This is not the only thing that has been lost at Sandhurst. I have a newspaper cutting here, of which I unfortunately have not the date. It says: 'LOCK UP PISTOLS'—SANDHURST ORDER. All pistols, antique, to be locked away. That is the order for the day at the Royal Military Academy, Sandhurst, after the latest 'arms' raid. A cleaner noticed that ten of the pistols, which date from the time of Waterloo, 144 years ago, had gone from the wall of Old College Ante Room. Last month 16 disappeared. Several hundred of them are on loan to the Academy from the Tower of London. I have another cutting here from the Evening News of 15th January, 1959. It says: Many of the 1,000 antique pistols on the walls of the Royal Military Academy at Sandhurst are to be taken down for storage and safe keeping following the theft of pistols worth over £300 in the past few months, said Colonel D. Taylor, Commanding Officer, today. I do not want to make heavy weather of this, but in view of what has happened—a considerable number of people now know what has happened at Sandhurst—would the Minister be good enough to give an assurance, not only to me but to the Committee, that there has been a most careful examination into the administration at Sandhurst, not only with a view to seeing, needless to say, that the thefts will stop, which goes without saying, but that the internal economy of Sandhurst is efficient and shall be so organised that whoever happens to be Commandant at a particular moment shall know for a certainty that the public stores he is supposed to be responsible for are actually there?

In my day, if an officer commanding an unarmed company of a Pioneer Corps had behaved in this way he would have been relieved of his command. I see the Minister of Defence on the Government Front Bench. I have no doubt that the officer responsible in this case will be promoted, because he is qualified to be one of the right hon. Gentleman's military advisers. This is one of the deplorable things that happen in the Armed Forces. We find them over and over again. When one gets at the heart of things one finds. not the glorious pictures painted by White Papers and Defence Estimates, but the grossest of maladministration. This seems to be a perfect example of it.

I turn to another matter. There is justice in the world, and it is only just that the Under-Secretary of State for War should be here to answer the questions I am now going to put before him. I remember that on the eve of the Suez operation he said, "Smash Nasser now". Some 700 of our fellow-countrymen have paid the price for that operation. They were gentlemen, many of them of high technical ability, who undertook to serve on a two-year contract in the Suez base. The base contained public stores which have been estimated at from £60 million to £100 million and were worth at any rate a very considerable sum.

These 700 men, having signed contracts for two years, began their service in the Suez base. If they had been cattle they could not have been treated with less concern by the crowd of criminals on the Government Front Bench who undertook the Suez operation—an operation unplanned, ill-prepared, inefficient and fore doomed to failure from the very word "go". The Government never even undertook the elementary precaution of caring tuppence what happened to the lives and well-being of those 700 men. So far as the Government were concerned those men could have been dropped into the Canal. Nobody in the Government worried about them.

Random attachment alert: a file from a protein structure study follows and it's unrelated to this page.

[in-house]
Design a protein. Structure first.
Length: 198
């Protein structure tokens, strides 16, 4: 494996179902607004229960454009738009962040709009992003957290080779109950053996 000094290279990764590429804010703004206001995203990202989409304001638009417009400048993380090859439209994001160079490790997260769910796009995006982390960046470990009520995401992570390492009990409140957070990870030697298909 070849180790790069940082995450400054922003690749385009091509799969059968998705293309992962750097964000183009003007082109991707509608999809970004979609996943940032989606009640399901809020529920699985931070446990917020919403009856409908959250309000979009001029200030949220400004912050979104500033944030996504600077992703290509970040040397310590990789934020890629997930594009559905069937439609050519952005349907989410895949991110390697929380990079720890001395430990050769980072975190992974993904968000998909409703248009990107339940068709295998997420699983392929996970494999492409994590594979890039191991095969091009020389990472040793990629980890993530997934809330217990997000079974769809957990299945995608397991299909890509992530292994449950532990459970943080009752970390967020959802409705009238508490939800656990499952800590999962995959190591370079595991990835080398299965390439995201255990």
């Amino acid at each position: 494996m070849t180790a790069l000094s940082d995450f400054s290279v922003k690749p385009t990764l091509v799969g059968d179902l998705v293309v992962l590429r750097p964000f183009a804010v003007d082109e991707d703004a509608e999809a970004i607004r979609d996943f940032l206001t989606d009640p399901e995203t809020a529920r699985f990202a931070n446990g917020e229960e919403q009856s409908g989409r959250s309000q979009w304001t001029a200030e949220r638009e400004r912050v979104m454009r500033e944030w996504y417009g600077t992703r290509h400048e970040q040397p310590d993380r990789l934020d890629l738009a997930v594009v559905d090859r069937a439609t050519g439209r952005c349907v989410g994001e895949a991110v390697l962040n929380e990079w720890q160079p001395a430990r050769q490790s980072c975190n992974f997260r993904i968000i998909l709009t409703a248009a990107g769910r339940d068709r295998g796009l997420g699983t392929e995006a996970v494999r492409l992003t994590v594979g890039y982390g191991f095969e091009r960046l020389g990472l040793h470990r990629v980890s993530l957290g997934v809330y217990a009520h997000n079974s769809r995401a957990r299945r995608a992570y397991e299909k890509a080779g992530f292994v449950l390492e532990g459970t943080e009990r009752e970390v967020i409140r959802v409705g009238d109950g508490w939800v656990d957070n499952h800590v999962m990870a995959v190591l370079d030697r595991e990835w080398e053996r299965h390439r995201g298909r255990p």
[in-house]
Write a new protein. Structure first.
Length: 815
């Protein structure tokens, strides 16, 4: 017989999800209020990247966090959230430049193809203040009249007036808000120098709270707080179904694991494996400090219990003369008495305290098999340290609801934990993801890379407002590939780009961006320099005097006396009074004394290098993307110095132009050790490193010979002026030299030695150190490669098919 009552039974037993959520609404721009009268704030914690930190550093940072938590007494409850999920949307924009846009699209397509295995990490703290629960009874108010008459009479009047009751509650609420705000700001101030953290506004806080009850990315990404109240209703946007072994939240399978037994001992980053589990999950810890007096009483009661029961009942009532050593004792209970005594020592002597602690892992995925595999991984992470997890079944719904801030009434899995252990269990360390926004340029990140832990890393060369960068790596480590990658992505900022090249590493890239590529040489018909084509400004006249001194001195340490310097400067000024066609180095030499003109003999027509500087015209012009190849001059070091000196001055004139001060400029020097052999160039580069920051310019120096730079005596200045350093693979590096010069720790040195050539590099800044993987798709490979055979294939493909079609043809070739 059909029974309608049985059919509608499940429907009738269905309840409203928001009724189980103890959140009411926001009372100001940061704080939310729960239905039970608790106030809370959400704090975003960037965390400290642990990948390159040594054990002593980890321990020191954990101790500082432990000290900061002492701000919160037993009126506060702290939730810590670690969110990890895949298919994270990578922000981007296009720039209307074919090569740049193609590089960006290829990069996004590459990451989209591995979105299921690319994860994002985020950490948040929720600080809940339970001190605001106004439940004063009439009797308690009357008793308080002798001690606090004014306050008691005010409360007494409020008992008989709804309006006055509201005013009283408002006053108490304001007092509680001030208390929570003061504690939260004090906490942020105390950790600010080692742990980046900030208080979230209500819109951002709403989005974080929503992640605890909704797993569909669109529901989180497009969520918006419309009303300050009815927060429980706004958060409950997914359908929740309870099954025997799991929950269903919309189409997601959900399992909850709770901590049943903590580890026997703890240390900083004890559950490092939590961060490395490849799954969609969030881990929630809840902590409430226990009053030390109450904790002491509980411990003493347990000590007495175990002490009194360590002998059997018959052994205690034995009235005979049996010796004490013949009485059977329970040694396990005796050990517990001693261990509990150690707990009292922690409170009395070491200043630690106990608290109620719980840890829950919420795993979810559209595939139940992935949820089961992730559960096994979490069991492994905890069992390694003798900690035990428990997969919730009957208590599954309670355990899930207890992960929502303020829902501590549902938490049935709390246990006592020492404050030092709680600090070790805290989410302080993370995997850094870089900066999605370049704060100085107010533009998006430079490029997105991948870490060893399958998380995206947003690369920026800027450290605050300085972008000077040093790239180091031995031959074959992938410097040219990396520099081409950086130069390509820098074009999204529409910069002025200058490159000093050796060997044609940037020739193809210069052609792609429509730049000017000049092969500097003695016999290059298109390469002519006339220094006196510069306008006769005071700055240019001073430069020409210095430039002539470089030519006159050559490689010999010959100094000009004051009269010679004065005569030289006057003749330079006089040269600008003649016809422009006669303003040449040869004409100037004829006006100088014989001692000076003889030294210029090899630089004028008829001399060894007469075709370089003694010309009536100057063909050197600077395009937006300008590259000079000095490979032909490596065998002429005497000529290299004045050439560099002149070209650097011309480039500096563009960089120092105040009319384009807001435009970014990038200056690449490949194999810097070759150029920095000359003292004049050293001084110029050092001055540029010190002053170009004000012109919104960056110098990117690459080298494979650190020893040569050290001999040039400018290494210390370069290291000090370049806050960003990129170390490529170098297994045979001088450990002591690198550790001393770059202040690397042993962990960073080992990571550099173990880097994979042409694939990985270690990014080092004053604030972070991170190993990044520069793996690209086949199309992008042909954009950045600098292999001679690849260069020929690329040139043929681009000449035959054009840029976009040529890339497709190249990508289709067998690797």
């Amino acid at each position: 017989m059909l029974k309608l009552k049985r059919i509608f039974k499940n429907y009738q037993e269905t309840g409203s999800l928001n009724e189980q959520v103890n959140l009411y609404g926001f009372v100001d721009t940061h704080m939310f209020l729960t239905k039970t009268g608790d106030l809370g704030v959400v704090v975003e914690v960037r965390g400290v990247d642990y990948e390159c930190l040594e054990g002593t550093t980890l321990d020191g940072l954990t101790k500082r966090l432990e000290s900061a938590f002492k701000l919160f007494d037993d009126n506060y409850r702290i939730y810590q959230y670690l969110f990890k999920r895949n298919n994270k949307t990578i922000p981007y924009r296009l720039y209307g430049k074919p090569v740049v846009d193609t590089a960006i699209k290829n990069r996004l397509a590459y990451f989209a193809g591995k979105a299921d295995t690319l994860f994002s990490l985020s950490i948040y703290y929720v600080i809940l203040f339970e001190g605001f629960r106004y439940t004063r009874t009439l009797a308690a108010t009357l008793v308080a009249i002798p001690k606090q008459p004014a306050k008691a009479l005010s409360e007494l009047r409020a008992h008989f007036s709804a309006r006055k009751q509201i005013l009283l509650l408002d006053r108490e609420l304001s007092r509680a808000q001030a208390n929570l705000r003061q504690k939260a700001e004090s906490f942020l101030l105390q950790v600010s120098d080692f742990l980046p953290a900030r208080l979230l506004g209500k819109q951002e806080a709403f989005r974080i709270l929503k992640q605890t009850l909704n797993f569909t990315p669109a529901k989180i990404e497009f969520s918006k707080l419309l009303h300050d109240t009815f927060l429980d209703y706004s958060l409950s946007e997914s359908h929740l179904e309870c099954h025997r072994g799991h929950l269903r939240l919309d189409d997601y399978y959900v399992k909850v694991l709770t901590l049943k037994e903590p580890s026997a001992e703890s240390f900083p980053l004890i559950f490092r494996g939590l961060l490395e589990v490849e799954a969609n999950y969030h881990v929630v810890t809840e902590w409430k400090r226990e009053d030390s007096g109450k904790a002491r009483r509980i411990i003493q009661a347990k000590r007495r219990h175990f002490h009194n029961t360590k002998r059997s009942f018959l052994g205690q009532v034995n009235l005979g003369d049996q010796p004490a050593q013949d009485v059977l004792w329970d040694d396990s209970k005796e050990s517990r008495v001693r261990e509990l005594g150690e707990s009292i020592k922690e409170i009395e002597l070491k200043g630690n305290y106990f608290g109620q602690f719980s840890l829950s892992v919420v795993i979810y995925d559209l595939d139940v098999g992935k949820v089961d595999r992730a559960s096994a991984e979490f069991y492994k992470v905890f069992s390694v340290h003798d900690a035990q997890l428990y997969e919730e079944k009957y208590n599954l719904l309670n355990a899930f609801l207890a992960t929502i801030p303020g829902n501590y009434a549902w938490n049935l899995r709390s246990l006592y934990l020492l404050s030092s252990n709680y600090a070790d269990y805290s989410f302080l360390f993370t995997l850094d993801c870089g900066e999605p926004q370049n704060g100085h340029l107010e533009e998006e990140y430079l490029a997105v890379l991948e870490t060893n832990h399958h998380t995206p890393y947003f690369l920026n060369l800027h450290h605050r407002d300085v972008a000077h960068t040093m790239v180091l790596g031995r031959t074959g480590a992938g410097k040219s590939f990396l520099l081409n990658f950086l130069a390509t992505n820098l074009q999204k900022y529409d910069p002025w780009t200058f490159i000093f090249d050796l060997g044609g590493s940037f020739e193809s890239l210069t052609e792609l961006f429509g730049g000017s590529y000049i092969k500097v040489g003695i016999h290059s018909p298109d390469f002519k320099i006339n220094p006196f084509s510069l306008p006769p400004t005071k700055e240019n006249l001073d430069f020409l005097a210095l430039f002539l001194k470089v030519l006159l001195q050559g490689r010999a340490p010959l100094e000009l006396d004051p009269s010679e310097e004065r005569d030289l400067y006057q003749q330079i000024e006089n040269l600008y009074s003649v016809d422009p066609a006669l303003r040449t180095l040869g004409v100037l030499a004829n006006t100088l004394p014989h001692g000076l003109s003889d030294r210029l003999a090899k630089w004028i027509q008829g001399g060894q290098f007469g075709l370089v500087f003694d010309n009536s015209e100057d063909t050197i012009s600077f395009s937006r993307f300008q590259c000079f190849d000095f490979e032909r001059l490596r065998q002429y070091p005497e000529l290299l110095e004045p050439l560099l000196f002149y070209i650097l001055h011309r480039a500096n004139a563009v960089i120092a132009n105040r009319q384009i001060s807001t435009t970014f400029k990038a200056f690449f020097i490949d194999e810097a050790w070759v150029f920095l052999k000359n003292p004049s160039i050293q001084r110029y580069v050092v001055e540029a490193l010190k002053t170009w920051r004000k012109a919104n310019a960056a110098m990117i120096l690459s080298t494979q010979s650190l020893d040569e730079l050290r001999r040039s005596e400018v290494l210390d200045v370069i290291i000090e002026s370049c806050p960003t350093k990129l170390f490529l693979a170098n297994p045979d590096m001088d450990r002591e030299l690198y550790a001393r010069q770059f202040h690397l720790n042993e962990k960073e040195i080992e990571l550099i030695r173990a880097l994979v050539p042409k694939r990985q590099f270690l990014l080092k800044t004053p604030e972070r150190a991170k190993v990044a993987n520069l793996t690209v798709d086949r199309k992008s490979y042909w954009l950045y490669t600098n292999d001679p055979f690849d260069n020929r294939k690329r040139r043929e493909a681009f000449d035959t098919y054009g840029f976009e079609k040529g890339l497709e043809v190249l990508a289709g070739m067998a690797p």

I am told upon reliable information that these men on the spot had a pretty shrewd idea of what was cooking. They went to the consular authorities and, needless to say, they got no change. I can verify that, because shortly before the fun and games started out there I went to the British consul. The place was full of rumours, but I could get no information. Some of these 700 men got lorries and stocked them up with food. It would have been possible for them to escape. but they were loyal. They had signed contracts. They behaved in accordance with the finest traditions of our race, although not the finest traditions of the Tory Front Bench.

They stuck to their jobs and they were imprisoned by the Egyptians. They were spat at and they were kept short of food. They were lousy and unwashed. Finally they were released. We would think that the criminals who had put them in this position would at least have done something, if only out of their own pockets, to make up to those men for the indignities which they had suffered. Instead the Government appointed assessors to find out what they had lost. They offered them six months' salary on a take-or-leave-it basis.

Note a difference. I hope that the Under-Secretary of State will remember this. The contracting firms who had gone into the Suez base were given six years' compensation. I think it was right that they should have it. Before they ever went to Suez they asked for a contract on a cost-plus basis for six years. That is what they got. The employees who had gone to prison on behalf of hon. and right hon. Gentleman on the Government benches got six months' compensation.